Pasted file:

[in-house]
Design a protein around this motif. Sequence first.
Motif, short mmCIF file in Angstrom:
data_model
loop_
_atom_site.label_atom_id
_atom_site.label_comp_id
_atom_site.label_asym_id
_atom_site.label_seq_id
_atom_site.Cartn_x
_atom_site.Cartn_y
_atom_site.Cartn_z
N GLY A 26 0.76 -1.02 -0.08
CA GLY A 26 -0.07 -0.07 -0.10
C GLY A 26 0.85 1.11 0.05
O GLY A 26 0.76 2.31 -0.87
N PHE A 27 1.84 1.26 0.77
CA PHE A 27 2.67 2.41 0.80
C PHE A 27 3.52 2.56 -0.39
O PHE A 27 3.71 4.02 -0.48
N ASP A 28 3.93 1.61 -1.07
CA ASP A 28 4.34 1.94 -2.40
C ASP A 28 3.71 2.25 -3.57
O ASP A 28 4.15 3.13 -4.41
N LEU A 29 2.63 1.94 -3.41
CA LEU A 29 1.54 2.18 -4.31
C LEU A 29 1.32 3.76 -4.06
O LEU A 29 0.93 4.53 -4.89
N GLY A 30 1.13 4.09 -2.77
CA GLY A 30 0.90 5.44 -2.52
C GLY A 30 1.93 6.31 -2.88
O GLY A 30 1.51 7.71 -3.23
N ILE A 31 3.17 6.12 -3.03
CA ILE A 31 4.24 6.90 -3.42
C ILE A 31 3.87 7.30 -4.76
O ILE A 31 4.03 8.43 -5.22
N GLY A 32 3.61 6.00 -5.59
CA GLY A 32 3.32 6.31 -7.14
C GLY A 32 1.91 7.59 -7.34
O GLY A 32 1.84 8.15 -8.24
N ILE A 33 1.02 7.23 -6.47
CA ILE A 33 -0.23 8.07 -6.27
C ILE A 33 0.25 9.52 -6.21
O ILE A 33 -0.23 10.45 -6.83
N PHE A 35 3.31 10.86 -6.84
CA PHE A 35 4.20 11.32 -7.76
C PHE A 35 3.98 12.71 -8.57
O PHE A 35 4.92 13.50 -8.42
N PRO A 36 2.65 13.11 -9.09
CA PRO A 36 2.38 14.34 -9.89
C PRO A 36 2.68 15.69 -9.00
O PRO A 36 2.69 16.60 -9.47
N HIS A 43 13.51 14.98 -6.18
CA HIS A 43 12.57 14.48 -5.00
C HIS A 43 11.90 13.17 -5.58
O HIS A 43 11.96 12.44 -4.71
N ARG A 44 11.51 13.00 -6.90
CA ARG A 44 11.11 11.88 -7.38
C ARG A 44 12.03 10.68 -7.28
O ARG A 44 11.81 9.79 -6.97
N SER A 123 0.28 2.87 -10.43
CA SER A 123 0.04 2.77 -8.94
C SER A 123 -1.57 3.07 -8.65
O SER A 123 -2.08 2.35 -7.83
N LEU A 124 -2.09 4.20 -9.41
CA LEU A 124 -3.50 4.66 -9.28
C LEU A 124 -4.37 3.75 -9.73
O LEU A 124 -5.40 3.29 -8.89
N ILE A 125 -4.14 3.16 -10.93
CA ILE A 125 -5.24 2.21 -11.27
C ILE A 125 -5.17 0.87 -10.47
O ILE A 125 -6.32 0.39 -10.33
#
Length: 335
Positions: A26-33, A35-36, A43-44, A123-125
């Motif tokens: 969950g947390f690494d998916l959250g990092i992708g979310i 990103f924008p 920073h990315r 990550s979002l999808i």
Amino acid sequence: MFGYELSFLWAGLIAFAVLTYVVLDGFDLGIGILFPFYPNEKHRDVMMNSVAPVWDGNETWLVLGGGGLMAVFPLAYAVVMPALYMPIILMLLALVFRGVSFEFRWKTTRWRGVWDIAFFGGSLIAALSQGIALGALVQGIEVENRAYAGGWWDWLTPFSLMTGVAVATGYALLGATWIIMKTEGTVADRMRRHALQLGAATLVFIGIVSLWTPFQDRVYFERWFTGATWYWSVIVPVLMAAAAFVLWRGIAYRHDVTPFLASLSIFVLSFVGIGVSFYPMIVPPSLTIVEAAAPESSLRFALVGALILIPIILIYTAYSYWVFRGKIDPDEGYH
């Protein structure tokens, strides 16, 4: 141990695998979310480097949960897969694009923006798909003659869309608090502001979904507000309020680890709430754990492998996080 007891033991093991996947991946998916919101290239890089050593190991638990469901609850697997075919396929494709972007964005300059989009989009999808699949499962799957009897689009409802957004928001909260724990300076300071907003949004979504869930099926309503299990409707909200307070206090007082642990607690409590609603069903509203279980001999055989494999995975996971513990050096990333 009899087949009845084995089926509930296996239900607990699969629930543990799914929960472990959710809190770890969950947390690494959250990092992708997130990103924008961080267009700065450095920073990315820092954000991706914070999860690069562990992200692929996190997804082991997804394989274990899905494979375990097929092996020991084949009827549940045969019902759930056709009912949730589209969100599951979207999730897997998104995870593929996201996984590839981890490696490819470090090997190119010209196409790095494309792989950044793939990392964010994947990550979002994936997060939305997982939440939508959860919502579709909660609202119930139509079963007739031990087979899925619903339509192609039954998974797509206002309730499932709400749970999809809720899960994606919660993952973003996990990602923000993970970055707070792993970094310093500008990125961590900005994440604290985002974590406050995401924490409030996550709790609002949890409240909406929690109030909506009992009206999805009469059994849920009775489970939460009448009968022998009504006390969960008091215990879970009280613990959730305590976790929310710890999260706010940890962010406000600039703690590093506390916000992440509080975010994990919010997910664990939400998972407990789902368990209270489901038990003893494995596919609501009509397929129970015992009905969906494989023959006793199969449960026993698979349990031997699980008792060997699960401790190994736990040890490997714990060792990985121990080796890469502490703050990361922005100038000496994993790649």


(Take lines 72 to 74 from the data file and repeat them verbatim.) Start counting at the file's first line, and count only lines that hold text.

O ILE A 125 -6.32 0.39 -10.33
#
Length: 335